Growing up in the heart of Siberia, Sergey Savchenko was not like other children. While many passed the time with toys, Savchenko turned to movies. Film slowly transitioned from his childhood pastime to his life’s ambition. He would sit and watch the same film over and over again, enjoying it more with each viewing. He would study it, and try to understand how each scene was put together. Upon stepping onto a film set for the first time, his dream was realized.
“On that day, I realized that I’m not alone with dreams and hobbies. It’s like a family, not everyone can understand your worries and complex thoughts so clearly,” he said.
Now, Savchenko is a successful director of photography, working around the world doing what he loves. This year, viewers in Russia had the pleasure of seeing Savchenko’s artistry on 1TV’s Liberation of Europe, a five-episode documentary series highlighting the difficult decisions made in the headquarters of different countries during the second world war. Actor Victor Verzhbitsky, the main narrator of this movie, goes through the events of the World War II, still frozen in time.
“It was a long journey, like a short life. In the process, I visited a lot of European countries, met a lot of very interesting people, gained priceless experience in large reconstructions staging. We worked a lot with actors in emotional scenes, and as a DP it was very interesting to me to set the lighting and searching for needed emotions in a frame,” described Savchenko. “The range of emotions in the film varies, going from bravery and courage, to treachery and intrigue. It was very interesting to work with such a script.”
The difficult format of filming included shooting real characters and events, working with the actors, staging feature scenes, and the cinematic language of the series. The team needed an experienced Director of Photography to be able to handle the complexity of the task, and the director Pavel Elkin chose Savchenko.
“Working with Sergey, to me as a director, was much easier than with any other DPs, due to the fact that his understanding of the process of making the film is much deeper than of many others. He doesn’t need to be explained the principles of shooting for future postproduction or graphics, he is fluent in the technical side of the issue. In addition, the director of photography is essentially the eyes of the director. It is important that `the head` and `the eyes` work together and understand each other well. In creative matters Sergey is simply brilliant,” said Elkin.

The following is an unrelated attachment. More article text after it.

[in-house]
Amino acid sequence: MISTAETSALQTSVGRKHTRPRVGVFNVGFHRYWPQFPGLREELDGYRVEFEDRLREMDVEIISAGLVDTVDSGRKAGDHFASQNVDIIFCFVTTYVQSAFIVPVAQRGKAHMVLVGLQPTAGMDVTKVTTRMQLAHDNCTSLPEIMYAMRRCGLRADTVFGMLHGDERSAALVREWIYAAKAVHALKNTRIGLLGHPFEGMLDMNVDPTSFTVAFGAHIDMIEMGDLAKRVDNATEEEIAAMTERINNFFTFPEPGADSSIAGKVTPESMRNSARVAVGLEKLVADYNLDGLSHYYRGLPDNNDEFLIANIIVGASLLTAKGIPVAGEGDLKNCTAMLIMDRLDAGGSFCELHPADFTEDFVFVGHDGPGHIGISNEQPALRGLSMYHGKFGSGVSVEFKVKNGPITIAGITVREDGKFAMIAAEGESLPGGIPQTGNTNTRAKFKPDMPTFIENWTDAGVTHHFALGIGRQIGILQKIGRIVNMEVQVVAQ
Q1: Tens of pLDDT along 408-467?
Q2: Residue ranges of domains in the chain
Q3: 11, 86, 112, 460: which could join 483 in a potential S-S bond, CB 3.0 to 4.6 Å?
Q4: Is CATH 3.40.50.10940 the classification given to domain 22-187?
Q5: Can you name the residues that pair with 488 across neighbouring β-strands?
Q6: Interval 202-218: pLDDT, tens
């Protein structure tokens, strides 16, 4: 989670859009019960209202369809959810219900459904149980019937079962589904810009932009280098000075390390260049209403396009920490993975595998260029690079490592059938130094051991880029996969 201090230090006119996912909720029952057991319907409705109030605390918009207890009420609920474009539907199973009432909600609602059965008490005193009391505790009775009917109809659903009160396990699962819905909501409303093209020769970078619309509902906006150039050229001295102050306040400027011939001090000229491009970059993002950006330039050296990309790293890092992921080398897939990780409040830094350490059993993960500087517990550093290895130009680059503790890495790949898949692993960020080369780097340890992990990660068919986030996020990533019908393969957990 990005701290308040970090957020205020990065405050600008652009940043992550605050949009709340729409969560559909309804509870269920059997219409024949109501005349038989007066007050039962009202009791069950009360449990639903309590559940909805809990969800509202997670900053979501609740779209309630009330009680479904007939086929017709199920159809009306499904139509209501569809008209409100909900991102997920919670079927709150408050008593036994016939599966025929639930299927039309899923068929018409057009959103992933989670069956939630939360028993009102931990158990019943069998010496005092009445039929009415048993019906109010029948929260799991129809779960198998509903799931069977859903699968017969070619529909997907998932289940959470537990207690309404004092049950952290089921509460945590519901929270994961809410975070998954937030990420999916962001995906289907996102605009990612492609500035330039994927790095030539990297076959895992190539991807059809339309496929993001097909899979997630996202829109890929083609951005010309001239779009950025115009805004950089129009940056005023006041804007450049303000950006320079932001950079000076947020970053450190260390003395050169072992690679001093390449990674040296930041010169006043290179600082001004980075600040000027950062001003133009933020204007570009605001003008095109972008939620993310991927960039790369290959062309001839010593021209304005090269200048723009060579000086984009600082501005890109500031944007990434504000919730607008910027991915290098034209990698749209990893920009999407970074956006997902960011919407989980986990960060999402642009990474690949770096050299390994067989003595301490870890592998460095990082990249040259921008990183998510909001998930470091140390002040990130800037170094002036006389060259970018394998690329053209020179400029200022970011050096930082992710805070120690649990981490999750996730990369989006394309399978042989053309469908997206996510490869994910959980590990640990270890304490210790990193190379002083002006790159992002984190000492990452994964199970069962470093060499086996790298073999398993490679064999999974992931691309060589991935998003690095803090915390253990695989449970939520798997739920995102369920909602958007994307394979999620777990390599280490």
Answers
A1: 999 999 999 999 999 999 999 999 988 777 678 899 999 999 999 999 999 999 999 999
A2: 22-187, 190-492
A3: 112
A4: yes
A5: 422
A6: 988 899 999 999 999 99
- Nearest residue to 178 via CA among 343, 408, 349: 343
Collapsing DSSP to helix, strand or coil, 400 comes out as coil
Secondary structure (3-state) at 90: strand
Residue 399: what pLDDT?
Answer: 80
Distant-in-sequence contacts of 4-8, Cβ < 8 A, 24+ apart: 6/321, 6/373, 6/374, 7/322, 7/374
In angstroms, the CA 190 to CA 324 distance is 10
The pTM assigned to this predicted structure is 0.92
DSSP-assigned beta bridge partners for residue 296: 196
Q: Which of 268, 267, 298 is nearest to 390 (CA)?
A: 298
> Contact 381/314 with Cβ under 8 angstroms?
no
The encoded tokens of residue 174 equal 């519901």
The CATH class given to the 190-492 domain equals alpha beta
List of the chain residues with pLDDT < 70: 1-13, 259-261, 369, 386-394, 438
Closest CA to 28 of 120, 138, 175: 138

While working on Liberation of Europe, the team needed to split the crew to create a second unit, which happened several times. Savchenko ended up taking over for the duties of the director on the second unit.
“I must say, it was done very well. The color of all the featured episodes was also the accomplishment of Sergey. He’s really good at his job and another two or three dozen related tasks,” said Elkin.
The job did not come without its challenges. There were many large-scale reconstructions required, with many people working on them, which made the staging complex, as well as many interviews from people all over the world. But for Savchenko, it was teamwork that made all of the challenges that were presented seem minimal at most.
“Thanks to precise work of the crew, we managed to shoot everything we needed,” he said. “And you know, I can talk with Pavel easily. We understand each other perfectly. He has a vision of a product in general, and clearly understands what he wants and can explain what he needs. has a great shooting experience all around the world, including Europe, it’s brought up in Paul a great sense of taste. He knows all specifics of filming and post-production, so we successfully managed to avoid a lot of problems while shooting. Even in difficult conditions we reached the right results, working quickly like a clockwork mechanism.”
The right results were definitely achieved. The series, which premiered in May, received extremely high ratings in Russia, and had led to a collaboration with companies such as Panera Films, Reality Production, as well as projects advertising for Avon and Siemens. It also inspired the documentary The Great Che.
“Watching it, I was filled with a sense like finishing a book. In my memory, there were much more events and emotions than what had been shown in this project. You just can’t experience this feeling in ordinary life, this feeling of finishing something great, something you have a very warm feeling to,” he concluded. “It is impossible to describe; it can be only experienced.”